Lapita used shells for money, whereas Polynesians used woven mats for payment - similar to the Kwakuitl who used rugs for payment. Similarity in stoneworking technique and design of these grinders from coastal Canada Haida Gwai'i and Eastern Polynesia. Maldive money cowries - ancient currency of the sea traders, including the Lapita people.

Photo; Thor Heyerdahl; Maldive Mystery. Compare this with NW coast and Polynesian practice of the use of rugs and mats for currency. Preparations for a Tongan Polynesian wedding ceremony, showing the pile of mats being gifted. The custom of using mats or rugs for currency is shared with the Haida, Kwakuitl and Tlingit of Canada and Alaska, but not with Lapita people who used cowrie shells for currency - as did the Harappa, Maldive and Tamil Nadu cultures.

Money cowries suspected to come from the Maldives have even been found at the Isle Royale Copper mine in Michigan, suggesting that the Lapita people may have been a branch of a much larger global sea trade culture who used money cowries for currency - not rugs. Note in the above picture, the presence of Melanesian genes frizzy hair in Polynesian Tonga, due to cultural contact with Fiji during the last 1, years. Interestingly, Whiti - the Polynesian pronounciation of Fiji, means crossover, or changeover.

During the last 1, years this boundary has clearly become blurred. On many occasions there have been articles that have pointed out that Polynesians are genetically and physically different to Lapita people, yet this information continues to be ignored.

  • Lapita culture

The following diagram based on a cluster analysis of mandibular shapes highlighting the complete absence of a connection between Polynesian and Lapita people. Van Dijk says;"Polynesians actually show more differences than similarities, and it is these differences we should concentrate on.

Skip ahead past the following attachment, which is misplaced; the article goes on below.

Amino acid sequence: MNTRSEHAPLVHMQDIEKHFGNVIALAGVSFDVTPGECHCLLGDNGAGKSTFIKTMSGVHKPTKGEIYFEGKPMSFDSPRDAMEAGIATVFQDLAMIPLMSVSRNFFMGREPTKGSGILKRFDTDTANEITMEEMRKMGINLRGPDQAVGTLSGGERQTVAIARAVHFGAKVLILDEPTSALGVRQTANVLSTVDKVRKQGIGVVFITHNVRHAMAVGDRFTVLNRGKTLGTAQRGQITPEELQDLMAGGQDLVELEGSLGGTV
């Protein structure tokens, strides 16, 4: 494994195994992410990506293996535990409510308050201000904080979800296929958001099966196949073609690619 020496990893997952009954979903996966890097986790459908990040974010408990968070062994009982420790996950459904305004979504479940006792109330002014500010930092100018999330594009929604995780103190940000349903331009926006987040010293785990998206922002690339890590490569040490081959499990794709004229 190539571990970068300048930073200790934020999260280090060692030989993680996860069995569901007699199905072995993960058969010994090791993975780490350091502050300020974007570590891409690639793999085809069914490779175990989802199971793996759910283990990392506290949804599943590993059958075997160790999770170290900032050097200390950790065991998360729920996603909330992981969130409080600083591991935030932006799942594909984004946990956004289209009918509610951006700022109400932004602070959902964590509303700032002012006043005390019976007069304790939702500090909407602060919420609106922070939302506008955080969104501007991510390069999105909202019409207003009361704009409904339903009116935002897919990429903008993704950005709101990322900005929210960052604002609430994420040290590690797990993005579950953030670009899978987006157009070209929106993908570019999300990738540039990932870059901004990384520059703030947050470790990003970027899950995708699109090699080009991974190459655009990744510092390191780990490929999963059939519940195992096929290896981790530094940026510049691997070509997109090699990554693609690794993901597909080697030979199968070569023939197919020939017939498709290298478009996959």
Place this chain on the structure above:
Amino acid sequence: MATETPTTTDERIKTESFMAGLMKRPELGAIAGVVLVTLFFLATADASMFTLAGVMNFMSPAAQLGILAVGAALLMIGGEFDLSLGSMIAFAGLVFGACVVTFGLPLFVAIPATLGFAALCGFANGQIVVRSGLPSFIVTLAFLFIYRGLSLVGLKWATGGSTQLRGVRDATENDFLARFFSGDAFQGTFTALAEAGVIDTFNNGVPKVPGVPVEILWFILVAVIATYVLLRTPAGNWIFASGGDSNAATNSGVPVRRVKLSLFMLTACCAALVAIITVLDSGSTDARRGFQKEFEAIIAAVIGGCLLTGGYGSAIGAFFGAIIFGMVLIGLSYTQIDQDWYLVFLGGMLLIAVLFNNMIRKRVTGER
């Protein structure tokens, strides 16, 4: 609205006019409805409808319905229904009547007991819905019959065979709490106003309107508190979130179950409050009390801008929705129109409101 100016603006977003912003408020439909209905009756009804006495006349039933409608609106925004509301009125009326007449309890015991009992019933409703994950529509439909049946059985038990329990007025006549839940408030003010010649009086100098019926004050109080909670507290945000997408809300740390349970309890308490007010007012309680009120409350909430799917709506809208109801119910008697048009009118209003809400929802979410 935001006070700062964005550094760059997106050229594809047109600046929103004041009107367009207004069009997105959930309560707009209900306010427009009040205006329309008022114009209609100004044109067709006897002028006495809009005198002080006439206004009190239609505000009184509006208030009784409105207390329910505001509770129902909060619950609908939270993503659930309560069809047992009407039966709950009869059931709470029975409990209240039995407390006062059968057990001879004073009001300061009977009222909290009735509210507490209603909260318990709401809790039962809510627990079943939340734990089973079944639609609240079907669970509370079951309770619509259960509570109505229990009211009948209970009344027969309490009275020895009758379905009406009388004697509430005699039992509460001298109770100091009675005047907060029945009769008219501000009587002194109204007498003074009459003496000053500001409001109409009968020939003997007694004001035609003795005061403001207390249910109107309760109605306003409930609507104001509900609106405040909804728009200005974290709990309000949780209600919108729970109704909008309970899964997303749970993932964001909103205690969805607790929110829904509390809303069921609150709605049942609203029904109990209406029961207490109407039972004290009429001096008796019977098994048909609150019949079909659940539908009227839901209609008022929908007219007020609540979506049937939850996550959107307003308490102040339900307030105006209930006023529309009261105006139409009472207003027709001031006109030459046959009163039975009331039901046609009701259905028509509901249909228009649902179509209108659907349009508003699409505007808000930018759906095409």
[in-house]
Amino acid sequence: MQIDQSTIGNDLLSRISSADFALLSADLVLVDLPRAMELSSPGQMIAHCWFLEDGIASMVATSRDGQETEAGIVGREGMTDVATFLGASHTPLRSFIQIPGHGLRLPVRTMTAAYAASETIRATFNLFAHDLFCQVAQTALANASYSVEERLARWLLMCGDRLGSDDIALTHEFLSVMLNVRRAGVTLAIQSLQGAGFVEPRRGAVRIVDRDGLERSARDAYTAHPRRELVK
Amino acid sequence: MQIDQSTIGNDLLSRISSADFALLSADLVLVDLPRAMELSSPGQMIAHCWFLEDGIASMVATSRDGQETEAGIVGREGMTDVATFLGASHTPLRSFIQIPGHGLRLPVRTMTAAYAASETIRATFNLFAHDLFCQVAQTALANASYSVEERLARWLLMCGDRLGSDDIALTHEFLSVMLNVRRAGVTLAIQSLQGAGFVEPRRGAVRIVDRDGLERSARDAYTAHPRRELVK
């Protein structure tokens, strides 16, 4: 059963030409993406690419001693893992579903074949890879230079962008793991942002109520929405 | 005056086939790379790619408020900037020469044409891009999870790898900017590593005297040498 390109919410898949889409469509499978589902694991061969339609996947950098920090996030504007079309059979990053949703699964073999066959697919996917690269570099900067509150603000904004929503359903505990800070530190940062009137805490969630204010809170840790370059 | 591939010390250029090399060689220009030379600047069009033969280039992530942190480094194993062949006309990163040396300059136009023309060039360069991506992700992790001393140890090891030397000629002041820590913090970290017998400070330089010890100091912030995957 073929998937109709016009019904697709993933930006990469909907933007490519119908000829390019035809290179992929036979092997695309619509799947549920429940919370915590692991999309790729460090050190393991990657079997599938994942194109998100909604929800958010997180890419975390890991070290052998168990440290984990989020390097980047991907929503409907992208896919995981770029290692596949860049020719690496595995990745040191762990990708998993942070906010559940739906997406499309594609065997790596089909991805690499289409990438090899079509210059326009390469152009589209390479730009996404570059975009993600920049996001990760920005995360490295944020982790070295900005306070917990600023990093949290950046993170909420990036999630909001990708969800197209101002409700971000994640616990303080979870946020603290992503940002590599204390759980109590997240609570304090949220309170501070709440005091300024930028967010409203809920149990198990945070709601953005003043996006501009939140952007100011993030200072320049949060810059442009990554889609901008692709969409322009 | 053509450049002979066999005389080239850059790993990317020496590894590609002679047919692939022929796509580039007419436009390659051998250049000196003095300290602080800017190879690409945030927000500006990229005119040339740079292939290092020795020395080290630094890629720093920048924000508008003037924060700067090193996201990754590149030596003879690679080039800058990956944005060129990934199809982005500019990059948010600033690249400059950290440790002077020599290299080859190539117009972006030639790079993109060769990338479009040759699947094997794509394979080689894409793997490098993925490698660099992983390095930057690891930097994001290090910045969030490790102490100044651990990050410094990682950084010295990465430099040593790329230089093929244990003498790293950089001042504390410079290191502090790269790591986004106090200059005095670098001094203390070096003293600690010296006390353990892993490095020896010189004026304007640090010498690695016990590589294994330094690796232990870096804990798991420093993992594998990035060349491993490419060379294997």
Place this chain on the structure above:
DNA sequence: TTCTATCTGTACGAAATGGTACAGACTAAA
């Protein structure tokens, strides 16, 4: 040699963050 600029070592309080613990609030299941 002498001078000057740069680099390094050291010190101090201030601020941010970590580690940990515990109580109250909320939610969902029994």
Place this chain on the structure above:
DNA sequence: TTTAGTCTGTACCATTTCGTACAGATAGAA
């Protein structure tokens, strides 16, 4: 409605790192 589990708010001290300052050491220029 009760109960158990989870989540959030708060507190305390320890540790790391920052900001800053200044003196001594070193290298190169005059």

dating la pita pottery new caledonia

It appears fairly clear that the Lapita people were quite phenotypically distinct PietrusewskyKatayama from what we idientify as Polynesian today.

The wide jaw and slender long limb bones are characteristics of the ft tall, red haired Caucasians whose skeletons have been found in the Nevada desert, South America and caves in New Zealand.

Lapita culture | mawatari.info

The Easter Islanders and some families from Sardinia and Sicily also exhibit the distinctive features of the ancient red haired seafarers. It should be pointed out that the wide low jaw is found in some Polynesian people, but it is always associated with the most Caucasian looking individuals.

The characteristic 9 based pair deletion of Polynesians is unlikely to be found amongst the following individuals. Is Lapita Polynesian, Melanesian or Many articles written on Pacific culture have assumed without question that the Lapita pottery people were Polynesians, resulting in a circular argument asserting that archaeological relics of the Lapita pottery culture in the Western Pacifc was clear evidence that Polynesians passed through island Melanesia into the Central Pacific.